"That there has been a considerable amount of publicity by news media throughout the State, some of which quotes high government officials on the subject matter of this prosecution;
"That it is reasonable to expect that this publicity will continue during the course of this trial; and
"That the continuance of this publicity if it is permitted to include proffered testimony and/or documents or other physical evidence which are inadmissible against the defendants or opinions of public officials, attorneys, court personnel, and other restrained by the contested order constitutes a `clear and present danger' that the defendants in this prosecution will not receive a fair trial unless the order entered herein be enforced."
On October 15, 1975, immediately after the denial of their Motion, Relators sought expedited review in the District Court of Appeal, Fourth District, by filing a Suggestion for Writ of Prohibition, which Suggestion was denied Per Curiam, with a dissenting opinion on October 17, 1975. The selection of the jury which began October 14, 1975, concluded on Friday, October 17, 1975. The taking of testimony commenced on Monday, October 20, 1975. Thereafter, on October 28th, some eleven days after the decision of the District Court, Petitioners filed for relief in this Court, seeking, among other things, a Stay Order suspending operation of the trial judge's orders. An emergency hearing was set and oral argument heard on Monday, November 3, 1975. After careful review of the record, we made the following determinations:
322 So.2d 544 (Fla. 1975).
"1. That the Petition for Prohibition, Mandamus and Stay Order is denied.
"2. Pursuant to Section 2(a), Article V, Constitution of Florida, the Court has classified the Petition as a Petition for Conflict Certiorari . . . Relief requested for any other constitutional relief is denied.
"3. [The parties] shall file their briefs on jurisdiction and merits . . . with oral argument . . . to be heard on jurisdiction and merits on November 17th. . . ."
Briefs having been filed by all parties and a multiplicity of amicus curiae and oral argument having been heard, we find that in considering this petition for certiorari we are confronting the monumental task of balancing equally important constitutional rights: the right of a defendant to a fair trial and the right of the public to know facts by way of a free press.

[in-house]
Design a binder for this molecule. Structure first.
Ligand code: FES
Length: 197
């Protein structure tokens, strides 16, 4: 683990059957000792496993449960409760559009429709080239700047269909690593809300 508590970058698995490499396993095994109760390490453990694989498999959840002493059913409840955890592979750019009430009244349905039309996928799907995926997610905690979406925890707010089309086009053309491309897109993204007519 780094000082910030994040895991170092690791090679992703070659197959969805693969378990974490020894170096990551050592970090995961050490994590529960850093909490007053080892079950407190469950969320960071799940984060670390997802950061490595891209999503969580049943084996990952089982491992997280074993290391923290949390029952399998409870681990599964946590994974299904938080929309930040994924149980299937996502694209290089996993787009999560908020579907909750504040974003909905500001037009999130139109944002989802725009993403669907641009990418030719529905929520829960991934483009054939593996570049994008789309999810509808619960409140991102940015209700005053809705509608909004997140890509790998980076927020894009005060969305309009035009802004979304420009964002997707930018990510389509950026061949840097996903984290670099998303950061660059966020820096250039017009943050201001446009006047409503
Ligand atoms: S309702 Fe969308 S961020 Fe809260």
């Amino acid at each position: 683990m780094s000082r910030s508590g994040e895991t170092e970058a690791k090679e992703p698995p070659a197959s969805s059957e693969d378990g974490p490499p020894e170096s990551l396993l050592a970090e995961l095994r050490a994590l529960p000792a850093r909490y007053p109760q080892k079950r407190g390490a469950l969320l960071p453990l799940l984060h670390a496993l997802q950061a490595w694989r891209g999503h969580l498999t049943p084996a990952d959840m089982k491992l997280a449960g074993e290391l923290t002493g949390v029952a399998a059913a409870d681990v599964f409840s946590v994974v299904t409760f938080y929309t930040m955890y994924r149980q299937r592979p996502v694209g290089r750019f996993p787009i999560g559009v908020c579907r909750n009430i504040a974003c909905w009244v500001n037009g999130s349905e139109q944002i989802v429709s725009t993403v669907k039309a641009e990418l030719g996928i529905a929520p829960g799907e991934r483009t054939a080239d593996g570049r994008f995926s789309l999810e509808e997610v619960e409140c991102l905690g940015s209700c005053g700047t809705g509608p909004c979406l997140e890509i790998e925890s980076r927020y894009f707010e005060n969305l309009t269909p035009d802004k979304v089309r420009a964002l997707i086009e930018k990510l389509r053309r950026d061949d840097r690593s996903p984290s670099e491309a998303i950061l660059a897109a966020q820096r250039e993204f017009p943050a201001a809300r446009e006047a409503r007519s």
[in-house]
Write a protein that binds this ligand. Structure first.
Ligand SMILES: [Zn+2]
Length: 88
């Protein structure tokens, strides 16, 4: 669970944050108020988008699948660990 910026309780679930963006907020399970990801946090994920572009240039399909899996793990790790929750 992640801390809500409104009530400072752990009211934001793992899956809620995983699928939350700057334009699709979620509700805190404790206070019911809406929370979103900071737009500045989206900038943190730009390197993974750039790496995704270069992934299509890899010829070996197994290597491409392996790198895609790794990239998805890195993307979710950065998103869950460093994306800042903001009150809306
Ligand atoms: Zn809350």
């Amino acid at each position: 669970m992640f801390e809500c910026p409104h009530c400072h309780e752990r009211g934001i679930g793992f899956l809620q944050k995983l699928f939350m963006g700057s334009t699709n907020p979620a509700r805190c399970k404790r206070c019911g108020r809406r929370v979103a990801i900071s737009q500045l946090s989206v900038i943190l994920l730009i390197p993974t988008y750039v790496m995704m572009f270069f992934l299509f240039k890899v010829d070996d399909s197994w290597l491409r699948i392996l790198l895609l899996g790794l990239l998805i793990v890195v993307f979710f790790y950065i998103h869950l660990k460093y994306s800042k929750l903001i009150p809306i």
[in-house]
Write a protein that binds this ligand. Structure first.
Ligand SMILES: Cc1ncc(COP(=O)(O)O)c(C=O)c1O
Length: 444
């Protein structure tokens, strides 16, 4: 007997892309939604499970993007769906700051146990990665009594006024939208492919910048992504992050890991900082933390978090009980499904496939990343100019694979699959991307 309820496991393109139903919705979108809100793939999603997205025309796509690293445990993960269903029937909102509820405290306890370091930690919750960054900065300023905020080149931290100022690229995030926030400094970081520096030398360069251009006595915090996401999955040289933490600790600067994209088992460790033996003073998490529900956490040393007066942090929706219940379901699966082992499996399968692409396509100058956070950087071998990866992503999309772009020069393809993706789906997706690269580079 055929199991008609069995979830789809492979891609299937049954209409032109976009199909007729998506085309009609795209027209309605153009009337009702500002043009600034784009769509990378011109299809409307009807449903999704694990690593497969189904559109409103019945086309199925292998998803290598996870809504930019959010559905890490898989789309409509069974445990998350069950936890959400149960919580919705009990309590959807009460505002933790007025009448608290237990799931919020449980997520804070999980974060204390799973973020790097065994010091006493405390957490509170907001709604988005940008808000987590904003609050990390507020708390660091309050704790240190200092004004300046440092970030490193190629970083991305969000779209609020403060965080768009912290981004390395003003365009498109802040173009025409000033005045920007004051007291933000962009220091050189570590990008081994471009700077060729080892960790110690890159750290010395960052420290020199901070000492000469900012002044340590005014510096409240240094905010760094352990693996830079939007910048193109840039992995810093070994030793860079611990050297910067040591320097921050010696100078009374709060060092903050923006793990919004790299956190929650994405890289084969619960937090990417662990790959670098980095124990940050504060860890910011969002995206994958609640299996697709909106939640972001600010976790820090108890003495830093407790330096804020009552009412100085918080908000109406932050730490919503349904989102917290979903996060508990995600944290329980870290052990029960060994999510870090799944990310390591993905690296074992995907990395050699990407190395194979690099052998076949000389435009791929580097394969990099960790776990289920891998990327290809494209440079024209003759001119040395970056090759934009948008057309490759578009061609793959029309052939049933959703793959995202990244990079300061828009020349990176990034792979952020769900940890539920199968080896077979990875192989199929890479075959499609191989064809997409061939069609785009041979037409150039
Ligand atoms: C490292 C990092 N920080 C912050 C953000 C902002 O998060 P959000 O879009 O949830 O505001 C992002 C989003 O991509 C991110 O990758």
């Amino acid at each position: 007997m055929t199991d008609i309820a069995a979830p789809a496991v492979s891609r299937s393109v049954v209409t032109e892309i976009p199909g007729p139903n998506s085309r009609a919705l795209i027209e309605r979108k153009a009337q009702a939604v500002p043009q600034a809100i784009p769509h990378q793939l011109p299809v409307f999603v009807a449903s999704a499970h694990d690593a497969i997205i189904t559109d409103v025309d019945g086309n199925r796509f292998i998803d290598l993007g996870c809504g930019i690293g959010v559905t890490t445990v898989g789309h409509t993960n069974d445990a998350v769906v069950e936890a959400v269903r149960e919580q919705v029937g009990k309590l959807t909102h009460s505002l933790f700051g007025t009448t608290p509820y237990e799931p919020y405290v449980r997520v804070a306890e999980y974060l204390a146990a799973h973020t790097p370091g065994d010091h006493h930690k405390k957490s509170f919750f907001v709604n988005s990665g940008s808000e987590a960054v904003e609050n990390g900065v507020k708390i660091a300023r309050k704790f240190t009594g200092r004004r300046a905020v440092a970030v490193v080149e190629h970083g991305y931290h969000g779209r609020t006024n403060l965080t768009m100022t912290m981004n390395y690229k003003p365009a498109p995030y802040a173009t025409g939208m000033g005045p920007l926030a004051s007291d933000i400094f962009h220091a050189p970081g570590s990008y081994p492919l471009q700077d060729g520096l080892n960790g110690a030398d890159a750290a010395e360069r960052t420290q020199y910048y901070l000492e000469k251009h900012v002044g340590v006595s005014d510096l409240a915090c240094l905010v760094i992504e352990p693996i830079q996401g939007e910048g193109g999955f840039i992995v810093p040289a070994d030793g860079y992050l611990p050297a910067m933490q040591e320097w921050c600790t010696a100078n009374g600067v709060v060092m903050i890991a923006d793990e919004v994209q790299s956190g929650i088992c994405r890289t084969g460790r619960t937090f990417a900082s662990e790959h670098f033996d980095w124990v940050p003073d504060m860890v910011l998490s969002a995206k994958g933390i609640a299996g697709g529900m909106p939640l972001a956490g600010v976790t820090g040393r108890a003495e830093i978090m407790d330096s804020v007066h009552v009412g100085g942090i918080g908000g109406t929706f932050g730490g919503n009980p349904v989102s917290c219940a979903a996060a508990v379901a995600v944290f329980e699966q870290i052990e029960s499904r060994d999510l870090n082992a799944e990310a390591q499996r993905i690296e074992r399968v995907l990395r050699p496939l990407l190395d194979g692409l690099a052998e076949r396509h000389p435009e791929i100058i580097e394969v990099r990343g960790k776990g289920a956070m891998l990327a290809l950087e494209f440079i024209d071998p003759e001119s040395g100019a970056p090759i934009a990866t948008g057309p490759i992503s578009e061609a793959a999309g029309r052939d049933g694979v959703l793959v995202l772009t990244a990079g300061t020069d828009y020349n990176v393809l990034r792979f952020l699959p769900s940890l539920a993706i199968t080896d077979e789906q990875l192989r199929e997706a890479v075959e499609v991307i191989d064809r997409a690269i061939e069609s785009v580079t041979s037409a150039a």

Initially, let us consider the arguments for a "free press" as presented by Petitioners. Any form of prior restraint of expression comes to a reviewing court bearing a heavy presumption against its constitutional validity; therefore, the party who seeks to have such a restraint upheld carries a heavy burden of showing justification for the imposition of such a restraint. While a court is legitimately concerned with preventing prejudicial publicity from poisoning the impartial atmosphere essential to a fair trial, the court's action in restricting the media must relate to the danger sought to be avoided and it must not be unconstitutionally overbroad. "For instance, in C.B.S., Inc. v. Young, the court held that to justify imposition of a prior restraint, the activity restrained must pose a clear and present danger or a serious or imminent threat to a protected competing interest and that such a restraint cannot be upheld if reasonable alternatives are available." In U.S. v. Dickinson, the court observed that before First Amendment freedoms can be abridged, substantive evil must be extremely serious and the degree of imminence extremely high. The standard to be met is that the expression by the press must constitute "an immediate, not merely likely, threat to the administration of justice. The danger must not be remote or even probable; it must immediately imperil."
U.S. v. C.B.S. Inc., 497 F.2d 102 (5th Cir. 1974).
522 F.2d 234 (6th Cir. 1975).
465 F.2d 496 (5th Cir. 1972).
It has been recognized in Florida and elsewhere that the news media, even though not a party to litigation below, has standing to question the validity of an order because its ability to gather news is directly impaired or curtailed. This is so, because the public and press have a right to know what goes on in a courtroom whether the proceeding be criminal or civil. A member of the press or newspaper corporation may be properly considered as a representative of the public insofar as enforcement of public right of access to the court is concerned; and the public and press have a fundamental right of access to all judicial proceedings. In determining restrictions to be placed upon access to judicial proceedings, the court must balance the rights and interest of the parties to litigation with those of the public and press. Reporters are plainly free to report whatever occurs in open court through their respective media. A trial is a public event, and there is no special perquisite of the judiciary which enables it to suppress, edit or censor events which transpire in proceedings before it, and those who see and hear what transpired may report it with impunity, subject to constitutional restraints mentioned herein.